The growing problem of comparing elite sport performances: The Olympic speed skating case


  • Bertus Talsma ORTEC Sports, Netherlands
  • Gerard Sierksma University of Groningen, Netherlands
  • Marcel Turkensteen Aarhus University, Denmark





The increased performance densities in the top of elite sports, sometimes mutual contest results are within the error margins of the measuring sys- tems, has caused major problems in comparing performances and deciding on winners. In case of Dutch speed skating, the pool of highly competitive athletes is large, and, since there is a limit on the number of Olympic participators per country, the Olympic selection procedure is obviously a precarious affair. Because more than 100 years of data is available, we are able to study in this respect the well-known Gould hypothesis: When the sport matures, the variation in performance, especially at the top, decreases, and extreme events, where one athlete outperforms all his competitors, be- come rarer. Since Gould’s hypothesis only holds with ‘unchanged rules of the game’, several data corrections, for example on the introduction of the klap skate, are needed. A major goal of this paper is to analyze the possible role of Gould’s hypothesis concerning the growing performance densities for top speed skating.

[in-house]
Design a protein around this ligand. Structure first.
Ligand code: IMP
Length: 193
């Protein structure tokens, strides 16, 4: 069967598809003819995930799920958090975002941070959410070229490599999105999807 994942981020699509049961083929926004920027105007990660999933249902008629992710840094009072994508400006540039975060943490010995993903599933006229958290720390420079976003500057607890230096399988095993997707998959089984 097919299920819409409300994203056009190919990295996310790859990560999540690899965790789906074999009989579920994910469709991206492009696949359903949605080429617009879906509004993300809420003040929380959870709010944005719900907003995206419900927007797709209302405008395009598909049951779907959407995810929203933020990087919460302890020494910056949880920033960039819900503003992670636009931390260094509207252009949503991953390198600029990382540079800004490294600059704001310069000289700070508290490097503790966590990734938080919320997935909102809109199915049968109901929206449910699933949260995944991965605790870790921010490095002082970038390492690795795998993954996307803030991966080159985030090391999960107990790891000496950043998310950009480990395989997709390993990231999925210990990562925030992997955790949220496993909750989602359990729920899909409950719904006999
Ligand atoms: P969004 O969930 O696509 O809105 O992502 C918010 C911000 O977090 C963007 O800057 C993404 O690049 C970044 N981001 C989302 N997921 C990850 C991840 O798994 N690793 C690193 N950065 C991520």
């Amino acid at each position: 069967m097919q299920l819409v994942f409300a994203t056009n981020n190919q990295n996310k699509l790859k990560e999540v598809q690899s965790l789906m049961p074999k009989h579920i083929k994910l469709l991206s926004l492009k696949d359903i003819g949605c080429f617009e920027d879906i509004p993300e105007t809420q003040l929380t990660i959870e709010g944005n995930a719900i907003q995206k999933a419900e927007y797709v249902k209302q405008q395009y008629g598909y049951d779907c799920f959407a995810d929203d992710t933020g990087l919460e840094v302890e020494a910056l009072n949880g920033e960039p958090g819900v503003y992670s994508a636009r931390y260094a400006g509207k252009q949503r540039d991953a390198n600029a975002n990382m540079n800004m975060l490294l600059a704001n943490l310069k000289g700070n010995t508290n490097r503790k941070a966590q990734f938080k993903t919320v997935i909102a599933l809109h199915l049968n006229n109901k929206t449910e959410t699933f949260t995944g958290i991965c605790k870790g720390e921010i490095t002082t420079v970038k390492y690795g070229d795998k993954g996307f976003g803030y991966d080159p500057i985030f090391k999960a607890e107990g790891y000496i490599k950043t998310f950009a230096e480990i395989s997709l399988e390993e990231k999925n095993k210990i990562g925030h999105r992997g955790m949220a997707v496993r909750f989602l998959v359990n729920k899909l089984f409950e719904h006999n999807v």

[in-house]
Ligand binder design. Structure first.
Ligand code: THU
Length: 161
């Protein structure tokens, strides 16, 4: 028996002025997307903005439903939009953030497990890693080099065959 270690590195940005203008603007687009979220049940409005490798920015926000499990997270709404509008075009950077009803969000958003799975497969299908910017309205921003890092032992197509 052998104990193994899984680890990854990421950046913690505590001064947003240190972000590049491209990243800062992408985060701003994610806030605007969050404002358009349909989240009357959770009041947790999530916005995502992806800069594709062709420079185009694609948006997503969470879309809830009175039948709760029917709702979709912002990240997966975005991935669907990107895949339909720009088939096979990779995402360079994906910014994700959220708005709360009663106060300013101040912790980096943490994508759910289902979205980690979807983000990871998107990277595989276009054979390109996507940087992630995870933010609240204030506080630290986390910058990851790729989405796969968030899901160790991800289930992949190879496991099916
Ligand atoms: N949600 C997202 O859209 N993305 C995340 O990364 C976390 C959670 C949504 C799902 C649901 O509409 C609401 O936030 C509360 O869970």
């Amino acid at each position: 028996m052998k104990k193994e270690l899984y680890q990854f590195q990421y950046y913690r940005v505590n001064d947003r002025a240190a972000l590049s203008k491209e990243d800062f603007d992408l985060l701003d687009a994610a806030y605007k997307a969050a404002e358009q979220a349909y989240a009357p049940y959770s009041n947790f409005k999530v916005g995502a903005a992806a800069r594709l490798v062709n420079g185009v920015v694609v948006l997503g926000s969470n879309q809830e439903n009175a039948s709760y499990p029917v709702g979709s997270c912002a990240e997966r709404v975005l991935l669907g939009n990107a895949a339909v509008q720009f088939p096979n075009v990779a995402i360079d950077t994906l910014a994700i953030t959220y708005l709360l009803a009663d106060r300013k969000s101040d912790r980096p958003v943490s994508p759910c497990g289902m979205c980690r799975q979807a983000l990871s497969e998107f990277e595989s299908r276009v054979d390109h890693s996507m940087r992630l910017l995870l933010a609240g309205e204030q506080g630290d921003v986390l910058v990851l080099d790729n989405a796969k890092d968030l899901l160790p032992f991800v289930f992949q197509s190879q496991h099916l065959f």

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How to Cite

Talsma, B., Sierksma, G., & Turkensteen, M. (2017). The growing problem of comparing elite sport performances: The Olympic speed skating case. Journal of Human Sport and Exercise, 12(3proc), S892-S907.